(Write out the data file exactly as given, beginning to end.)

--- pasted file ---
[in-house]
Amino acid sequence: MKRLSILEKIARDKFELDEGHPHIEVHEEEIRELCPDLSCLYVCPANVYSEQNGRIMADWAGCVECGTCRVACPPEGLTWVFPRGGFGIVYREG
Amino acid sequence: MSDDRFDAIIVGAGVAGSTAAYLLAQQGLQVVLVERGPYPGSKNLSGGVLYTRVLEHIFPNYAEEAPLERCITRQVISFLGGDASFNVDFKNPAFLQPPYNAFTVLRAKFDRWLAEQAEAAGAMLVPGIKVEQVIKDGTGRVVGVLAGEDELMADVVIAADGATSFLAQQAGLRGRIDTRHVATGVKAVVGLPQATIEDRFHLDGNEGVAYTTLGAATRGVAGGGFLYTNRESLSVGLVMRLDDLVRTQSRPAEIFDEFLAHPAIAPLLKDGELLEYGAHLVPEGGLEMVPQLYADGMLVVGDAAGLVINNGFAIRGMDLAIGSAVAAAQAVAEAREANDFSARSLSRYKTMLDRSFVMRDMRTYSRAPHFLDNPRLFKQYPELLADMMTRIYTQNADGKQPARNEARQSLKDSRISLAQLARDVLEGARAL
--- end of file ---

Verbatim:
[in-house]
Amino acid sequence: MKRLSILEKIARDKFELDEGHPHIEVHEEEIRELCPDLSCLYVCPANVYSEQNGRIMADWAGCVECGTCRVACPPEGLTWVFPRGGFGIVYREG
Amino acid sequence: MSDDRFDAIIVGAGVAGSTAAYLLAQQGLQVVLVERGPYPGSKNLSGGVLYTRVLEHIFPNYAEEAPLERCITRQVISFLGGDASFNVDFKNPAFLQPPYNAFTVLRAKFDRWLAEQAEAAGAMLVPGIKVEQVIKDGTGRVVGVLAGEDELMADVVIAADGATSFLAQQAGLRGRIDTRHVATGVKAVVGLPQATIEDRFHLDGNEGVAYTTLGAATRGVAGGGFLYTNRESLSVGLVMRLDDLVRTQSRPAEIFDEFLAHPAIAPLLKDGELLEYGAHLVPEGGLEMVPQLYADGMLVVGDAAGLVINNGFAIRGMDLAIGSAVAAAQAVAEAREANDFSARSLSRYKTMLDRSFVMRDMRTYSRAPHFLDNPRLFKQYPELLADMMTRIYTQNADGKQPARNEARQSLKDSRISLAQLARDVLEGARAL